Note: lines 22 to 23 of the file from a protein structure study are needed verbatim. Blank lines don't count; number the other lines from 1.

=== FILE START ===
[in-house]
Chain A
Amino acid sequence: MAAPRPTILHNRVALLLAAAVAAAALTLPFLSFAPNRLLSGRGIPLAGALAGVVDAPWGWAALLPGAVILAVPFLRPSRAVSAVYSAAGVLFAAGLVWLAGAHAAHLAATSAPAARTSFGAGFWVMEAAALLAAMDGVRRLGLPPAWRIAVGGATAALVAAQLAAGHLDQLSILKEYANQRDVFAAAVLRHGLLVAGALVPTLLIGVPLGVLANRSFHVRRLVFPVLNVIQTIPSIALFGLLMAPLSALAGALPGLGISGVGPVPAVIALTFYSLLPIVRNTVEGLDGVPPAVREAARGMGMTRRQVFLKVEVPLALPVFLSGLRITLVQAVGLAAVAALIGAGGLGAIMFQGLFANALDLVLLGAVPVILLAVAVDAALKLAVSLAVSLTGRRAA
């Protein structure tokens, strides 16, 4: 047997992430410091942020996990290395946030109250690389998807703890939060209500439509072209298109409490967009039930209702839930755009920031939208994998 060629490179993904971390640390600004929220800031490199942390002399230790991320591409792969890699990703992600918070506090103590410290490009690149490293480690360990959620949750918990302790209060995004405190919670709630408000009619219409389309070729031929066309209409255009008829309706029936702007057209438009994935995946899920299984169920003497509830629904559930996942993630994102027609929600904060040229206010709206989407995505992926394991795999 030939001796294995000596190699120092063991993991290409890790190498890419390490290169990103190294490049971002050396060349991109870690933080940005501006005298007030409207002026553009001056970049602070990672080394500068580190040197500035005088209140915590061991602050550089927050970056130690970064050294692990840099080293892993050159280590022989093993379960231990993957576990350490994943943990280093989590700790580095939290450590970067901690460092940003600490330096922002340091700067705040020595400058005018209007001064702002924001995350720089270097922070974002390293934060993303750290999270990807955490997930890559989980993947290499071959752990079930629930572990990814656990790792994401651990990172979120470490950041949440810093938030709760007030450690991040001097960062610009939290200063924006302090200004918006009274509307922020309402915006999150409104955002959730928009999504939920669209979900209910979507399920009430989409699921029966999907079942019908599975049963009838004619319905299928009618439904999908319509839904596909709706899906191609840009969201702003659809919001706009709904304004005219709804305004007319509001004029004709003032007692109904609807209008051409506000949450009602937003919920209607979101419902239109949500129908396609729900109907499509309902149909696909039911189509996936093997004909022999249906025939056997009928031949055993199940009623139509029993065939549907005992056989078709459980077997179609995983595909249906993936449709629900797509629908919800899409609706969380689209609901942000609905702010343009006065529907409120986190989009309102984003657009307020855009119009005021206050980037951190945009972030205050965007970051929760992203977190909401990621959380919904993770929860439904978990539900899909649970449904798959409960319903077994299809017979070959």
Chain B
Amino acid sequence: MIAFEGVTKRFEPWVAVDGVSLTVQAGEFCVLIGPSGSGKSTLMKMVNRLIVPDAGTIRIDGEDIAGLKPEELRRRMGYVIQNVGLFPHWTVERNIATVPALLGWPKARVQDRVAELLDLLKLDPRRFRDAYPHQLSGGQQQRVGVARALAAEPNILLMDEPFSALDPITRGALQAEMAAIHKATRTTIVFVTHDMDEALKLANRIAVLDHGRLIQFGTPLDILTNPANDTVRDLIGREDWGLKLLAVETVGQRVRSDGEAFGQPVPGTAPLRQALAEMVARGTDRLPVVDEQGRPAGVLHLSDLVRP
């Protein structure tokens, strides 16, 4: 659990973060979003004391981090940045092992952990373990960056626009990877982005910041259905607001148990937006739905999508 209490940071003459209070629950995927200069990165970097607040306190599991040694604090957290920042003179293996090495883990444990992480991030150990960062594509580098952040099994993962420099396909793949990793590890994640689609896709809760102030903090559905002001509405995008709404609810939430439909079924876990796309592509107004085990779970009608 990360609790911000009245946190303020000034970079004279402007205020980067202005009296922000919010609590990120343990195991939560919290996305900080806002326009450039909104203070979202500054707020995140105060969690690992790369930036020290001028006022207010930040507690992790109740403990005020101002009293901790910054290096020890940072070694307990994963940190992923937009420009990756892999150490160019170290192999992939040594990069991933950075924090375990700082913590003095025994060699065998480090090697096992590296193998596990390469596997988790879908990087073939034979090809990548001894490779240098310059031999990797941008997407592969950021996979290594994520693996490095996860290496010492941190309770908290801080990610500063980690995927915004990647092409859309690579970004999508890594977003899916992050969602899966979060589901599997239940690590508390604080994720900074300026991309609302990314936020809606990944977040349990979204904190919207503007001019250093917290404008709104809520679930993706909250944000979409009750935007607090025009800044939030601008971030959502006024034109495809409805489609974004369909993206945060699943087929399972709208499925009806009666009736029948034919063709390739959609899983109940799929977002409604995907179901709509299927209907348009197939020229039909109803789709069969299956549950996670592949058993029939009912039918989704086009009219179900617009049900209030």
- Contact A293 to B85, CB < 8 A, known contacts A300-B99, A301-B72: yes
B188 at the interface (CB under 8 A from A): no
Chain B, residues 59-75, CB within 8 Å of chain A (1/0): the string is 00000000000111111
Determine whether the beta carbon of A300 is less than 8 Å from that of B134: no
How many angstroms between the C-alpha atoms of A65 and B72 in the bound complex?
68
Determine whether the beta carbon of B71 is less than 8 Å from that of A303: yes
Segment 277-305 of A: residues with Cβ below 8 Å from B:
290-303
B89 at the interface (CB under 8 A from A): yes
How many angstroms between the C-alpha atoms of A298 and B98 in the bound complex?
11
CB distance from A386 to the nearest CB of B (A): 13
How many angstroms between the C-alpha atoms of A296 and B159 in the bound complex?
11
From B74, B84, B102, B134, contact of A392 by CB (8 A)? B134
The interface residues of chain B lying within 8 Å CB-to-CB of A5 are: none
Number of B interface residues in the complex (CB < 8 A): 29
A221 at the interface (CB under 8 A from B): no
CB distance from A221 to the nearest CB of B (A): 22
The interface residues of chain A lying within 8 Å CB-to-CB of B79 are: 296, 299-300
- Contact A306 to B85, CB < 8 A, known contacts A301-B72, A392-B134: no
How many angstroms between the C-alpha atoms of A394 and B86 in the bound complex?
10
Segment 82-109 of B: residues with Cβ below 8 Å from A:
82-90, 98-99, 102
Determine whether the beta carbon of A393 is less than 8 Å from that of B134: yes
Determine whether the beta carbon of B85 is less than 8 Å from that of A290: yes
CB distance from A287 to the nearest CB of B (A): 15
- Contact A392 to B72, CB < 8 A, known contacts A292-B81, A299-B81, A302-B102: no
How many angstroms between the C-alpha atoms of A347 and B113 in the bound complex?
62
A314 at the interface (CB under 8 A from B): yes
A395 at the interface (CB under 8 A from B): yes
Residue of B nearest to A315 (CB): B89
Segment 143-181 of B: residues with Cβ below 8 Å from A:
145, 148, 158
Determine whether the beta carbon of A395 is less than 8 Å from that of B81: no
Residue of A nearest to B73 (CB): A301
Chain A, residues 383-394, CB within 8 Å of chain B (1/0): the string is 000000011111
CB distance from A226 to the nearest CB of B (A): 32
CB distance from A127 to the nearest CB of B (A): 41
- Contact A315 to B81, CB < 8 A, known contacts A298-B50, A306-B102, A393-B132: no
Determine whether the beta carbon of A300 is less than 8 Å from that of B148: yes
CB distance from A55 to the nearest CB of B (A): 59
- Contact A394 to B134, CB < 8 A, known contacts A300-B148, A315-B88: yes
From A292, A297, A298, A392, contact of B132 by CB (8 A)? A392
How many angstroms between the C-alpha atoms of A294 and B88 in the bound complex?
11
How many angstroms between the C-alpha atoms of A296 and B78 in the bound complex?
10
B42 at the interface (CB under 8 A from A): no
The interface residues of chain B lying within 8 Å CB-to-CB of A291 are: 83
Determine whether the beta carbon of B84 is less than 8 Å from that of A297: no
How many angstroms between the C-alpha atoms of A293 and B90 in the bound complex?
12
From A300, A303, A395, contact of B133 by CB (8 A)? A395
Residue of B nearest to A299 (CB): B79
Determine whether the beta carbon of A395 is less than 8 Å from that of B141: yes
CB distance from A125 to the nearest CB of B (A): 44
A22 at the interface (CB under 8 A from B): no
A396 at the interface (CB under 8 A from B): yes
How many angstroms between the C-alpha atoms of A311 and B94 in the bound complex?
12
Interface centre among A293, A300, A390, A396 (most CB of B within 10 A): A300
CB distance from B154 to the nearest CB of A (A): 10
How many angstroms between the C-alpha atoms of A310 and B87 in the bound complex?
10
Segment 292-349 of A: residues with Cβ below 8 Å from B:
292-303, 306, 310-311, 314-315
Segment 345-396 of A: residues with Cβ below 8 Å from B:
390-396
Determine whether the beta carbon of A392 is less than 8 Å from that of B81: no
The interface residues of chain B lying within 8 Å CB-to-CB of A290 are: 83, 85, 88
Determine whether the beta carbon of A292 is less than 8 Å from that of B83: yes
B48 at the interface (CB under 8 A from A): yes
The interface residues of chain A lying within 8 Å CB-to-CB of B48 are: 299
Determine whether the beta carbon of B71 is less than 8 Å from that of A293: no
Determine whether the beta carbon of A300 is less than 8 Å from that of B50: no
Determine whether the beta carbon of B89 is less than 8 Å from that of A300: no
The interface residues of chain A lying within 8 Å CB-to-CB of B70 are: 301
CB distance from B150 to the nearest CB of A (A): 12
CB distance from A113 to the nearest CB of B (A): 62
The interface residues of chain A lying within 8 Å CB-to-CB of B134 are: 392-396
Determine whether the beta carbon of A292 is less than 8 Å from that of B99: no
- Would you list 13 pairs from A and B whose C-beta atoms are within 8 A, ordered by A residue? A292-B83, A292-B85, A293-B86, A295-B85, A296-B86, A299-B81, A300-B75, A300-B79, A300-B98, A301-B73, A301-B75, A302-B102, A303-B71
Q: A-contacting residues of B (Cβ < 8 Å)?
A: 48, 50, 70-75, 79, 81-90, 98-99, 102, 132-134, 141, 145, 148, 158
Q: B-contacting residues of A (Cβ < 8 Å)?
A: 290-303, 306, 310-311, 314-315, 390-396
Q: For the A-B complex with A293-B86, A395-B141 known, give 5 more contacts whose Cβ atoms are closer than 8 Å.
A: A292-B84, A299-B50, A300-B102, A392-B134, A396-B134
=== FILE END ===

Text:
11
From B74, B84, B102, B134, contact of A392 by CB (8 A)? B134